FIFA is making a real push to have the World Cup every two years.
That concept should be a complete non-starter.
The tournament is the most-prestigious in international football, and it doesn’t need to be changed, or rebranded.
Trying to stage it more often would undermine the importance of this wonderful spectacle, which is revered all over the world.
I was lucky enough to play in three World Cups for Scotland, in 1974, 1978 and 1982.
I was also picked in the squad for Mexico in 1986, but had to pull out with an injury.
Qualifying for each tournament was very special in their own ways, and being in West Germany, Argentina and Spain are memories that will never leave me.
But would I have felt the same if it had happened every two years instead of every four years?
Probably not. I’m sure it would all have felt a little diluted.
And regardless of how I would have felt back then, right now, what I’m thinking about is the welfare of the footballers playing the game nowadays.
Give the players a break
There are already far too many games.
Honestly, when will players be given a proper break, and time to rest and recharge?
Are they to be denied a family holiday for the whole of their careers?
UEFA appear to be really pushing against FIFA’s proposal, and I understand why.
They have asked the world governing body to sit down and have a “genuine consultation” about reform of the international match calendar.
Arsene Wenger is representing FIFA on this in his role as head of global development, and he appears to be 100% supportive of the switch.
FIFA feel they can have this ratified, and introduced as early as next year. But many others are simply not buying into it.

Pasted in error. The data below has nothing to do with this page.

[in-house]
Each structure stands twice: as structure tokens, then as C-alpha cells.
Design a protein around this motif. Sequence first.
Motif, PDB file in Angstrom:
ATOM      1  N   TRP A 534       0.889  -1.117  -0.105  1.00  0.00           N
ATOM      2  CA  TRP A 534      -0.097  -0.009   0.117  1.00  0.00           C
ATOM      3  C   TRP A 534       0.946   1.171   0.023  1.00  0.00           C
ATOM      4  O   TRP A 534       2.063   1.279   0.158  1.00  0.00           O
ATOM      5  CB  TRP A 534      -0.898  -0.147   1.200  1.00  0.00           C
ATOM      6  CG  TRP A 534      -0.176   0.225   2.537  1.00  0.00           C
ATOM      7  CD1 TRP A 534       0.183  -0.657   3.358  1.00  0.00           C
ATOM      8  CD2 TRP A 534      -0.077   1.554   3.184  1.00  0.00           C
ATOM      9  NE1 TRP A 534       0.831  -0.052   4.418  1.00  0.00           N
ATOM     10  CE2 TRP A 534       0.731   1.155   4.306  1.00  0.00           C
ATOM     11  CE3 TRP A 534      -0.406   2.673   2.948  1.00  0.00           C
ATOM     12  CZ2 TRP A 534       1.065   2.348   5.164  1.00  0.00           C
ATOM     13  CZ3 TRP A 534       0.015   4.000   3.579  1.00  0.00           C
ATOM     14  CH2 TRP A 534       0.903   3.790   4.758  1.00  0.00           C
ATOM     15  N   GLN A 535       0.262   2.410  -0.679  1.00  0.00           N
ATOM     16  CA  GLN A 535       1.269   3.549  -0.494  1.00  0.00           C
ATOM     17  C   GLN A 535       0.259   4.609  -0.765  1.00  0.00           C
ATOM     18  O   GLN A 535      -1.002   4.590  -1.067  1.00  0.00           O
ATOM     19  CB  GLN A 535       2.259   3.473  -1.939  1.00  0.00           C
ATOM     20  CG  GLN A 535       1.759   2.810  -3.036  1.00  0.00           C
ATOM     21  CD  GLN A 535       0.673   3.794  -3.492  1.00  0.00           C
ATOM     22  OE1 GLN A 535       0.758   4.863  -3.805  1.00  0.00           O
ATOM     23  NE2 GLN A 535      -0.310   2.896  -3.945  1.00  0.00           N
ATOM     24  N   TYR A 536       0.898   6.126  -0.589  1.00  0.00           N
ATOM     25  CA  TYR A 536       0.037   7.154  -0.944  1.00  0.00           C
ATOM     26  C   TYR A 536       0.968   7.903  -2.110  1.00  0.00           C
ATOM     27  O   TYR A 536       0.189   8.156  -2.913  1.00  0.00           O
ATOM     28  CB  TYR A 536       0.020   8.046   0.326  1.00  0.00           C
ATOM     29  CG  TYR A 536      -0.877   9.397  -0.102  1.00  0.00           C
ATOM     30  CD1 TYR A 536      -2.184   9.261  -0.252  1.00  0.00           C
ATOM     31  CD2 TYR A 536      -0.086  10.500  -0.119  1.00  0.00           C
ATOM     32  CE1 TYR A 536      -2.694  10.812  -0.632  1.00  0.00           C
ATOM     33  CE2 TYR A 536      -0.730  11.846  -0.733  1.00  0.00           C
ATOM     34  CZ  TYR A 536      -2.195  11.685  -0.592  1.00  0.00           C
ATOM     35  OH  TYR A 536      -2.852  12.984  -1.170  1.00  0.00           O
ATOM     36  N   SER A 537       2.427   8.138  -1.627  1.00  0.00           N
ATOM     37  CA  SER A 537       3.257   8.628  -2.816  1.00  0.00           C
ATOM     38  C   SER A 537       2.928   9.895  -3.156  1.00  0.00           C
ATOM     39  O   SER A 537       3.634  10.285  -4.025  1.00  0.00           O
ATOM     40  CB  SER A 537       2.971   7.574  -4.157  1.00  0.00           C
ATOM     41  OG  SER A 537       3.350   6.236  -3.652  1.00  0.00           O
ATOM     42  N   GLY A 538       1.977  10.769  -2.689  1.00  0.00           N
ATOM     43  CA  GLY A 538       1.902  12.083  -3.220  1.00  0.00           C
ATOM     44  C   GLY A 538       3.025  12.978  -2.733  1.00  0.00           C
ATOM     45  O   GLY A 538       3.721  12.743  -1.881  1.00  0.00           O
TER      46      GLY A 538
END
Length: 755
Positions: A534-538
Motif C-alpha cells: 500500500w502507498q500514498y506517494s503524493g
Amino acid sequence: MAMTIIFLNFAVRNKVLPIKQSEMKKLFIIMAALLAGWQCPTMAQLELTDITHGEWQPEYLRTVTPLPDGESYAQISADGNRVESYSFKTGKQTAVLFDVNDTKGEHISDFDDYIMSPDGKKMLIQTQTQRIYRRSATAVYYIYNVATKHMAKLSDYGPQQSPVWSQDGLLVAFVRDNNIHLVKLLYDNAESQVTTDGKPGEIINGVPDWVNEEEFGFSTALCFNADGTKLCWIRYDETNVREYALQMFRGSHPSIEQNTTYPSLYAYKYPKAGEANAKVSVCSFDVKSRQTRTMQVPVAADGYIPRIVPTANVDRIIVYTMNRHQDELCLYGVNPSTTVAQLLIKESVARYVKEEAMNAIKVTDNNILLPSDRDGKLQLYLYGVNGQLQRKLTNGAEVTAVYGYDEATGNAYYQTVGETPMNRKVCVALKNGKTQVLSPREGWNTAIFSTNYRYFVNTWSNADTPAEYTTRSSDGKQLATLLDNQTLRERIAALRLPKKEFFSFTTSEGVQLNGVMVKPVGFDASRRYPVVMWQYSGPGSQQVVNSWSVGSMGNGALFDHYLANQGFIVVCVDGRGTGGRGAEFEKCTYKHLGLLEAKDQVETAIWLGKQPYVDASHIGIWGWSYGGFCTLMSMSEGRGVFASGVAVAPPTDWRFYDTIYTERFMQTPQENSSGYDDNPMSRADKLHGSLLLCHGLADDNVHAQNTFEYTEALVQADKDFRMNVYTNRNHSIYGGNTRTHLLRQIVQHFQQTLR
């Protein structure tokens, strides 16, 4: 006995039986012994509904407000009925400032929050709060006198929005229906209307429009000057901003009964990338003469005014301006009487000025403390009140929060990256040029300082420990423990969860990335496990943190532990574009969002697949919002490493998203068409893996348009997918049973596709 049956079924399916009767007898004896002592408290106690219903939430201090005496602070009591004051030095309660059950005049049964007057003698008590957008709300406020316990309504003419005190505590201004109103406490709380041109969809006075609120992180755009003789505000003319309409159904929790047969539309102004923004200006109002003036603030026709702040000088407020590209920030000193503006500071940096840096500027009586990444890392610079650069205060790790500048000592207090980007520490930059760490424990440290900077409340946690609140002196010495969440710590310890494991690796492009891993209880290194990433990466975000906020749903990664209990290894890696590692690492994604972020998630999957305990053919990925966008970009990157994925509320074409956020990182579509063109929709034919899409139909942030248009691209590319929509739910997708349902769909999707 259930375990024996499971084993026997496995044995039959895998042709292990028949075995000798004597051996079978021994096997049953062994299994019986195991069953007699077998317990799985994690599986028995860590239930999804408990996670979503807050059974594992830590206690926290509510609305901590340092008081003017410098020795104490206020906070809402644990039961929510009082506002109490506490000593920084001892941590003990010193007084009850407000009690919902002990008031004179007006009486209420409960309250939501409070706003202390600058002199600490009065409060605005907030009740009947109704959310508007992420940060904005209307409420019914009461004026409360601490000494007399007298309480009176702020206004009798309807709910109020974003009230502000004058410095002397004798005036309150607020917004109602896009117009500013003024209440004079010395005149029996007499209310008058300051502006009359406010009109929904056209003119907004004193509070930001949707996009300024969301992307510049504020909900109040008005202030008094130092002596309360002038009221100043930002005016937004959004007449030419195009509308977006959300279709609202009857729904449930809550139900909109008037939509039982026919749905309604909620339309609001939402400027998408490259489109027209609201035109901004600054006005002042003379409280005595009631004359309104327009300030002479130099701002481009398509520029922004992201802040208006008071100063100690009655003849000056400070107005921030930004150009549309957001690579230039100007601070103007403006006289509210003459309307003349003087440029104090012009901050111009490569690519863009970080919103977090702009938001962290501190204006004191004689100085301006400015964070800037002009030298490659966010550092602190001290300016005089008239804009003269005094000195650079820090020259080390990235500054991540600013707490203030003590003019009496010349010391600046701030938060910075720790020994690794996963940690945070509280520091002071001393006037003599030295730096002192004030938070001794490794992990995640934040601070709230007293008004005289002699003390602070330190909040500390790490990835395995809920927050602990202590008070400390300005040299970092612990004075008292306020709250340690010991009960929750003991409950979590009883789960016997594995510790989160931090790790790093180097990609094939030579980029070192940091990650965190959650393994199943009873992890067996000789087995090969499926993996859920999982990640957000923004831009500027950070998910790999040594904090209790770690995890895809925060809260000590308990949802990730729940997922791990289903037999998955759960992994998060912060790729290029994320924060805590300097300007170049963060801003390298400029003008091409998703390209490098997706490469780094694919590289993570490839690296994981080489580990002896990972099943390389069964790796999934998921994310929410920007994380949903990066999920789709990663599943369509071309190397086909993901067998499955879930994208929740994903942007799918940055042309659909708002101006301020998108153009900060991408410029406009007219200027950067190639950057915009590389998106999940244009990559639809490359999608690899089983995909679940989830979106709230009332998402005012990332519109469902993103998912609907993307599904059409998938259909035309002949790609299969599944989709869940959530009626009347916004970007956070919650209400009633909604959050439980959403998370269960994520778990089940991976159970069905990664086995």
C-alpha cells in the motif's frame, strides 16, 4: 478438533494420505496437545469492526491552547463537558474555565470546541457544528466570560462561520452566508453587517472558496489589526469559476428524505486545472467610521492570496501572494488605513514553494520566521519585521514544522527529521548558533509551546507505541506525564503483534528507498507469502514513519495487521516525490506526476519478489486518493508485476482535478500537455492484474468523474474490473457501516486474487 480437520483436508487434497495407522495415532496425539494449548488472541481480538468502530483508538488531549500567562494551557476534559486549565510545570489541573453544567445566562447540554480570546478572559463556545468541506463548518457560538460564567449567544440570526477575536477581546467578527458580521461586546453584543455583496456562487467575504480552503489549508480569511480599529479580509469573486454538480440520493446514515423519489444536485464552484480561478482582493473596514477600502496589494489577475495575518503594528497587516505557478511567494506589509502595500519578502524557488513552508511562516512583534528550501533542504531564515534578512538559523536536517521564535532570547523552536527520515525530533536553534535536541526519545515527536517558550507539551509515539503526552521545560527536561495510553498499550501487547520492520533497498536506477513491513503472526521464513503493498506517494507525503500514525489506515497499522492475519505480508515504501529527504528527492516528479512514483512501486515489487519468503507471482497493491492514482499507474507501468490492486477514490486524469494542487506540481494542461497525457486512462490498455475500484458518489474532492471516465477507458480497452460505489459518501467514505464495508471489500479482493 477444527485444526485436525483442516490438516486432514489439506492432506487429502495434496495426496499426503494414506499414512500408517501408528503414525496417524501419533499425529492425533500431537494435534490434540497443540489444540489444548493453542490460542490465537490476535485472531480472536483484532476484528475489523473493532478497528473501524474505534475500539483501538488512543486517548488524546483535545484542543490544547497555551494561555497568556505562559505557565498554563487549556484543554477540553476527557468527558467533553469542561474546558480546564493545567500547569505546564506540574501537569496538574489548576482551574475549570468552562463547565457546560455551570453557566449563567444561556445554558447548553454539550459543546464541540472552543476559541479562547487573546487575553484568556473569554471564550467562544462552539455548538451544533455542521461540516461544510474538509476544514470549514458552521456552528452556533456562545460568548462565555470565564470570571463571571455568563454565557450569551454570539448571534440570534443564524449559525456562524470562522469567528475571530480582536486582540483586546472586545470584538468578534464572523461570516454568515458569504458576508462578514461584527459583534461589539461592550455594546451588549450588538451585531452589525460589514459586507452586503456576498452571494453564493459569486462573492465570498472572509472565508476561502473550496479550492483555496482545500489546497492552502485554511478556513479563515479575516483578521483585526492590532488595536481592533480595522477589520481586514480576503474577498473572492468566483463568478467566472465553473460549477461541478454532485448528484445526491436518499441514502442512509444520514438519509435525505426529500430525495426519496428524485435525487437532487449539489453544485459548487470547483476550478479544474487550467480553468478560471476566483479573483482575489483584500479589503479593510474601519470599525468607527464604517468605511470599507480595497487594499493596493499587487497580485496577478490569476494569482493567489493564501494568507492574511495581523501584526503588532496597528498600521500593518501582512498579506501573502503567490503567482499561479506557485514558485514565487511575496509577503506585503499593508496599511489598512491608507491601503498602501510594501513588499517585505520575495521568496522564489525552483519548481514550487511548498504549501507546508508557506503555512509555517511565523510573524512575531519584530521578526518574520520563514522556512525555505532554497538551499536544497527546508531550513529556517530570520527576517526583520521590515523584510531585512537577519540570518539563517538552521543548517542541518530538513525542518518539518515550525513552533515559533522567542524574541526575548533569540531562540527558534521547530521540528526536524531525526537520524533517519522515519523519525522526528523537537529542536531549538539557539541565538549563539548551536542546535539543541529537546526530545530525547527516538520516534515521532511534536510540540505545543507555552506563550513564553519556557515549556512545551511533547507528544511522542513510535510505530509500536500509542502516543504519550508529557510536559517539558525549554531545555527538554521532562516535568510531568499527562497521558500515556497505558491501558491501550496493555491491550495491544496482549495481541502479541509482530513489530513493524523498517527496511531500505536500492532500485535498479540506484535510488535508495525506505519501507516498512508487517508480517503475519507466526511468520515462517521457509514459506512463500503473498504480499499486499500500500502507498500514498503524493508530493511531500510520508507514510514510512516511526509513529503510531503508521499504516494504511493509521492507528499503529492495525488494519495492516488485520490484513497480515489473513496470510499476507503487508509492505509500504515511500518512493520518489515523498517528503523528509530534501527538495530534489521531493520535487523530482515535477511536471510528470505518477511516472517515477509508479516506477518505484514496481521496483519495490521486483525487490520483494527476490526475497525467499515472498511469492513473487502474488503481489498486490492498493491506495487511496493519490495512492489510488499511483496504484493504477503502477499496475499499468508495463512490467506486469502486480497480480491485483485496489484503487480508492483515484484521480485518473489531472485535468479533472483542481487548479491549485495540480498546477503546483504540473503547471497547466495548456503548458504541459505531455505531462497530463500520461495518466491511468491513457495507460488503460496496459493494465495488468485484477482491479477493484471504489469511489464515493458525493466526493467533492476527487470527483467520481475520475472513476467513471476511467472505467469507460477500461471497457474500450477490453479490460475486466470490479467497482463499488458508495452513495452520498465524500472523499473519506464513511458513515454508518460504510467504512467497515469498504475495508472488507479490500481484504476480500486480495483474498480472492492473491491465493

Aleksander Ceferin, UEFA’s chief executive, has stated that he would consider asking all UEFA countries to boycott next year’s World Cup Finals in Qatar if the new plans go ahead.
So there is a long, long way to go before FIFA can gather enough support. But I doubt they will ever get the various authorities to back it.
From a distance, this looks like certain people wanting to feather their own nest. That doesn’t sit well with me.
Bleeding the game dry
Football is a fantastic sport, the most-popular in the world.
But too many people in high places want to bleed the game dry in various ways.
Club football also has to be taken into account.
Because of the various schedules and international tournaments for countries every two years, clubs rarely get the chance to get a proper pre-season under their belts.
I’m sure the likes of Liverpool, Manchester United, Chelsea and other clubs would love to take their players away properly to the Far East, Australia and the United States to visit their fans.
They’d welcome the chance to do it in a relaxed style, and spend proper time there rather than being in and out in a week and cramming in games.
There are so many factors in this, and to me it just looks like FIFA is being selfish.
I’d love to see a detailed plan of how all this works, and where it leaves the European Championship Finals.
Scotland enjoyed being at the Euros last summer.
Now we are looking to be in a decent position for making the play-off for next year’s World Cup Finals in Qatar.
The whole country is excited about the game against Israel next month, and Hampden Park is already sold out.
I’m sure Steve Clarke and the players are happy fighting it out every two years to get to a Finals.
Let all nations focus on that in the weeks and months ahead.
We don’t need any distractions, especially when this proposed set-up puts extra demands on the players every summer.
So let’s put this all to bed as quickly as possible, and get back to normality.
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